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Low-THC cannabis 'safe for consumption', says FSANZ

21st Nov 2012
Neil Bramwell   all articles by this author

THE food standards authority has given the green light to an application by a deregistered doctor for cannabis to be approved for use as a food in Australia.

But campaigners believe the recommendation for low-THC Cannabis sativa or hemp approval will not be rubber-stamped by government ministers.

The application, from Dr Andrew Katelaris, who was struck off for supplying medical cannabis to patients, would allow low-THC hemp seed and seed oil to be used in products such as ice cream, beer and nutrition bars at a maximum level of 10mg THC per kg.

But the decision by Food Standards Australia New Zealand (FSANZ) to ignore concerns, including the potential to mislead consumers that products had psychoactive properties or that hemp products would interfere with police drug testing, must now be approved by the COAG Legislative and Governance Forum within 60 days.

The FSANZ report said there was limited evidence to indicate whether consumption of hemp foods is likely to interfere with drug test results, citing an unpublished “in-house” study by the New Zealand Institute of Environmental Science and Research (ESR), which investigated THC residues in oral fluids following smoking high-THC cannabis cigarettes and “consumption of a cannabis cookie”.

An FSANZ statement read: “FSANZ is satisfied that low-THC hemp foods are safe for consumption when they contain no more than specified maximum levels. FSANZ has also recognised that foods derived from hemp seeds may provide a useful alternative dietary source of many nutrients and polyunsaturated fatty acids, particularly omega-3 fatty acids.”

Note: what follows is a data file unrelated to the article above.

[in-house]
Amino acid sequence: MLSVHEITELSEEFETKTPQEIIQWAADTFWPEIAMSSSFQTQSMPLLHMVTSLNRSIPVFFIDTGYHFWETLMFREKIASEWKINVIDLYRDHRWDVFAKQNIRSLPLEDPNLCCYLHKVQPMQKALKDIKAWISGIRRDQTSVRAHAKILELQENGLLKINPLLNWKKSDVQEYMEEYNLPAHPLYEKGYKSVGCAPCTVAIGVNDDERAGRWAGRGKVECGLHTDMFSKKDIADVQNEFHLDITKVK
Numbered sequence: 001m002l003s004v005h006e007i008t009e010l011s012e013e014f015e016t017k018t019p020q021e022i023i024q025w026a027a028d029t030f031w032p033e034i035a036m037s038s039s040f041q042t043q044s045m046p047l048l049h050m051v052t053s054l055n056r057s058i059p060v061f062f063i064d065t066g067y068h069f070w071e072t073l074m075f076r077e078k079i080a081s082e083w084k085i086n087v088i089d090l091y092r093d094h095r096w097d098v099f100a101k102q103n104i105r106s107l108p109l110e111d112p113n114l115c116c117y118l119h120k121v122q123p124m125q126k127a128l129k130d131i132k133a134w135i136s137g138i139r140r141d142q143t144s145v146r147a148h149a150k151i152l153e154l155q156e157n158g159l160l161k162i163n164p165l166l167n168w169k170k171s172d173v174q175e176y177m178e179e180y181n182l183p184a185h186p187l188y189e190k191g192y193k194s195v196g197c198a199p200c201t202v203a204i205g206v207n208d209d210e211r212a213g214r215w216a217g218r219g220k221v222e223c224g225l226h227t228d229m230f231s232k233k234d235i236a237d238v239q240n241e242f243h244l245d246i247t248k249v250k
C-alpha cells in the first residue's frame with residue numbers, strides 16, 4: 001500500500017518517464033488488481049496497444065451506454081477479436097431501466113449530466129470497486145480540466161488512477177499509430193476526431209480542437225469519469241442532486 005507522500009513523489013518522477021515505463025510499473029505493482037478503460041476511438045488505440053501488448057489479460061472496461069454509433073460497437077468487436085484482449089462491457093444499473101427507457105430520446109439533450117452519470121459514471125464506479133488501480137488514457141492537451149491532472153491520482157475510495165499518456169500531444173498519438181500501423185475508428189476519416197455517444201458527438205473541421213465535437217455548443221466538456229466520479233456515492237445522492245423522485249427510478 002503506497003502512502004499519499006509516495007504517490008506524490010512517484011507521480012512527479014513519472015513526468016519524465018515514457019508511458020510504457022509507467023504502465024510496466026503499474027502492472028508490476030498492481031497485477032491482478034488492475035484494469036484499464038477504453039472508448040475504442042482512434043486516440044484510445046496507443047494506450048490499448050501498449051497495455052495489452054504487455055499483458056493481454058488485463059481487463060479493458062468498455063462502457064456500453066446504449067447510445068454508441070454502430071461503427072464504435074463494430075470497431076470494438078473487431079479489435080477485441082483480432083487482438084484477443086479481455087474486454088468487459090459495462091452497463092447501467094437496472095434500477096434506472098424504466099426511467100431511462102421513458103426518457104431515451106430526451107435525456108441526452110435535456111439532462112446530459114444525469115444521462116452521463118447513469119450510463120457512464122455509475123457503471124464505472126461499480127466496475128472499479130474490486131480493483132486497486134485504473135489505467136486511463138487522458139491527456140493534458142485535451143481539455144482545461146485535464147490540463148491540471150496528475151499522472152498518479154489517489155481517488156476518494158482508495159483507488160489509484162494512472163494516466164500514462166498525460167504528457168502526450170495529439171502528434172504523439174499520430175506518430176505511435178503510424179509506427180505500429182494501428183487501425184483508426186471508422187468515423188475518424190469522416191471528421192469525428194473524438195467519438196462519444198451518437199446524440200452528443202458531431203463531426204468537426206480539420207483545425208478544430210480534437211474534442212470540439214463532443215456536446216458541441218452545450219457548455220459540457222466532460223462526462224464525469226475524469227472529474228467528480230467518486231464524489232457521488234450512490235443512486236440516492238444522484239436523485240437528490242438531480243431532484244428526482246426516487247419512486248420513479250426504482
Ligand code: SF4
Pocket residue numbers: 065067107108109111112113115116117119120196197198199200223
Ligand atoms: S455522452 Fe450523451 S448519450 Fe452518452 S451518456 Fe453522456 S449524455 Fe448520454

Michael Balderstone, president of Help End Marijuana Prohibition (HEMP) Party, said: “We still don’t think [approval] is going to happen because the police will try to put a stop to it.”

However, Dr Katelaris, one of six brothers and sisters involved in the medical profession, was more optimistic of a positive outcome, despite the rejection of the previous application in 2002 on the grounds that approval might send a confusing message on the safety of cannabis.

He pointed to the dietary, agricultural and construction applications of the product as reasons for a change to the law.

“We want to see hemp as the spearhead of the new industrial revolution,” he said.

“Anything you can do with soy beans or dairy you can do better with hemp. We are saying eat hemp ice cream to your heart’s content as children are not getting enough omega-3.”

Dr Katelaris denied suggestions from within the HEMP party that his decision to lead the application for approval would send conflicting messages in light of his deregistration.

“I stand with great pride on my record. My last appeal was turned down on the grounds that I was insufficiently contrite, despite all the evidence of medical benefits of cannabis. The appeal process is a farce and I have lost interest. It’s a blessing in disguise because I can now be involved in medical experiments,” he said.

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